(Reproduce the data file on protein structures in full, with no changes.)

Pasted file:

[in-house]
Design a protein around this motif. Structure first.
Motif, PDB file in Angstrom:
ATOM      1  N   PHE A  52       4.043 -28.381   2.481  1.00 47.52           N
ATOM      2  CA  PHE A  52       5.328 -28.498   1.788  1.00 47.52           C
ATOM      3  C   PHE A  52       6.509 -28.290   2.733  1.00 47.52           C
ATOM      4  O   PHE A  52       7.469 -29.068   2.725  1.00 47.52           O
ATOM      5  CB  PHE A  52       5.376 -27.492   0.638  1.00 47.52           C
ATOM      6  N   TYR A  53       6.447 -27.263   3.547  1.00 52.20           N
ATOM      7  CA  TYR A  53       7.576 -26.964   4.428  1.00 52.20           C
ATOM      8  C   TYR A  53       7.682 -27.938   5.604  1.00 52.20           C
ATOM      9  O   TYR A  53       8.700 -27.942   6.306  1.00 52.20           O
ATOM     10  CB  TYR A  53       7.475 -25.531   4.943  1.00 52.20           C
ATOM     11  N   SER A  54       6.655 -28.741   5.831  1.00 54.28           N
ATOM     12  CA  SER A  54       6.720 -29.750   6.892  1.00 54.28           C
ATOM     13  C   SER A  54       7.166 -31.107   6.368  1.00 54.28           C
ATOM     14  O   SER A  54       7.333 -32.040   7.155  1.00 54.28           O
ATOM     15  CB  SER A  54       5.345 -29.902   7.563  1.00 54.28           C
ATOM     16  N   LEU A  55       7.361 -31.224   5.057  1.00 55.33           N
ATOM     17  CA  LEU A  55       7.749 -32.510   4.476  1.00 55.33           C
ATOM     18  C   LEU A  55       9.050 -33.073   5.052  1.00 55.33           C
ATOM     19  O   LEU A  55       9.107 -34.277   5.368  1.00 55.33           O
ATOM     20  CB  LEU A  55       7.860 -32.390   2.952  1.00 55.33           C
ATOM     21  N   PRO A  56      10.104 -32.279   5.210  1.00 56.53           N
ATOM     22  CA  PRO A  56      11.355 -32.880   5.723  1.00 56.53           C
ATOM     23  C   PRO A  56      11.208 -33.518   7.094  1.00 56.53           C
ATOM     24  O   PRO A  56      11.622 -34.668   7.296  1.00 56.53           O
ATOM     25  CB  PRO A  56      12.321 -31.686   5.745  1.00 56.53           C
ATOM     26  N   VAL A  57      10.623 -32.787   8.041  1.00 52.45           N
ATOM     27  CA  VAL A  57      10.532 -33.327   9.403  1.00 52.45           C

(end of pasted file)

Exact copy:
[in-house]
Design a protein around this motif. Structure first.
Motif, PDB file in Angstrom:
ATOM      1  N   PHE A  52       4.043 -28.381   2.481  1.00 47.52           N
ATOM      2  CA  PHE A  52       5.328 -28.498   1.788  1.00 47.52           C
ATOM      3  C   PHE A  52       6.509 -28.290   2.733  1.00 47.52           C
ATOM      4  O   PHE A  52       7.469 -29.068   2.725  1.00 47.52           O
ATOM      5  CB  PHE A  52       5.376 -27.492   0.638  1.00 47.52           C
ATOM      6  N   TYR A  53       6.447 -27.263   3.547  1.00 52.20           N
ATOM      7  CA  TYR A  53       7.576 -26.964   4.428  1.00 52.20           C
ATOM      8  C   TYR A  53       7.682 -27.938   5.604  1.00 52.20           C
ATOM      9  O   TYR A  53       8.700 -27.942   6.306  1.00 52.20           O
ATOM     10  CB  TYR A  53       7.475 -25.531   4.943  1.00 52.20           C
ATOM     11  N   SER A  54       6.655 -28.741   5.831  1.00 54.28           N
ATOM     12  CA  SER A  54       6.720 -29.750   6.892  1.00 54.28           C
ATOM     13  C   SER A  54       7.166 -31.107   6.368  1.00 54.28           C
ATOM     14  O   SER A  54       7.333 -32.040   7.155  1.00 54.28           O
ATOM     15  CB  SER A  54       5.345 -29.902   7.563  1.00 54.28           C
ATOM     16  N   LEU A  55       7.361 -31.224   5.057  1.00 55.33           N
ATOM     17  CA  LEU A  55       7.749 -32.510   4.476  1.00 55.33           C
ATOM     18  C   LEU A  55       9.050 -33.073   5.052  1.00 55.33           C
ATOM     19  O   LEU A  55       9.107 -34.277   5.368  1.00 55.33           O
ATOM     20  CB  LEU A  55       7.860 -32.390   2.952  1.00 55.33           C
ATOM     21  N   PRO A  56      10.104 -32.279   5.210  1.00 56.53           N
ATOM     22  CA  PRO A  56      11.355 -32.880   5.723  1.00 56.53           C
ATOM     23  C   PRO A  56      11.208 -33.518   7.094  1.00 56.53           C
ATOM     24  O   PRO A  56      11.622 -34.668   7.296  1.00 56.53           O
ATOM     25  CB  PRO A  56      12.321 -31.686   5.745  1.00 56.53           C
ATOM     26  N   VAL A  57      10.623 -32.787   8.041  1.00 52.45           N
ATOM     27  CA  VAL A  57      10.532 -33.327   9.403  1.00 52.45           C